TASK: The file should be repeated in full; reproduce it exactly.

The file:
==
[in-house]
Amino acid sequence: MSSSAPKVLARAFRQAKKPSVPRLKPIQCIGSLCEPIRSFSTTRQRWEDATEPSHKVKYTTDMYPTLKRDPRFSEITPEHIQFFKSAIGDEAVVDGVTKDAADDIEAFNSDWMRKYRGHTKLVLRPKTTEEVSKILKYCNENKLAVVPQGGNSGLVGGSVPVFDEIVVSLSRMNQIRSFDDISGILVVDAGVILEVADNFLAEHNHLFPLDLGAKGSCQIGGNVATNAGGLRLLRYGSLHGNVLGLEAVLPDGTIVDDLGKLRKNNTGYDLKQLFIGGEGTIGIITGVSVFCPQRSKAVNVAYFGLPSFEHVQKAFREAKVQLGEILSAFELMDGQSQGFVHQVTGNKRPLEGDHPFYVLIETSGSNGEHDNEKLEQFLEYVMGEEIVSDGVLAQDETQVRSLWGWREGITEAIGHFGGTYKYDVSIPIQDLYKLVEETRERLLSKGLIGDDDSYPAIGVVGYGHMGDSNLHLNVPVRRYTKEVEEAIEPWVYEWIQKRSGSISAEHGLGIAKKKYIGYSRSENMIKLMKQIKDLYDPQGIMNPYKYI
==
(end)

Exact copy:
[in-house]
Amino acid sequence: MSSSAPKVLARAFRQAKKPSVPRLKPIQCIGSLCEPIRSFSTTRQRWEDATEPSHKVKYTTDMYPTLKRDPRFSEITPEHIQFFKSAIGDEAVVDGVTKDAADDIEAFNSDWMRKYRGHTKLVLRPKTTEEVSKILKYCNENKLAVVPQGGNSGLVGGSVPVFDEIVVSLSRMNQIRSFDDISGILVVDAGVILEVADNFLAEHNHLFPLDLGAKGSCQIGGNVATNAGGLRLLRYGSLHGNVLGLEAVLPDGTIVDDLGKLRKNNTGYDLKQLFIGGEGTIGIITGVSVFCPQRSKAVNVAYFGLPSFEHVQKAFREAKVQLGEILSAFELMDGQSQGFVHQVTGNKRPLEGDHPFYVLIETSGSNGEHDNEKLEQFLEYVMGEEIVSDGVLAQDETQVRSLWGWREGITEAIGHFGGTYKYDVSIPIQDLYKLVEETRERLLSKGLIGDDDSYPAIGVVGYGHMGDSNLHLNVPVRRYTKEVEEAIEPWVYEWIQKRSGSISAEHGLGIAKKKYIGYSRSENMIKLMKQIKDLYDPQGIMNPYKYI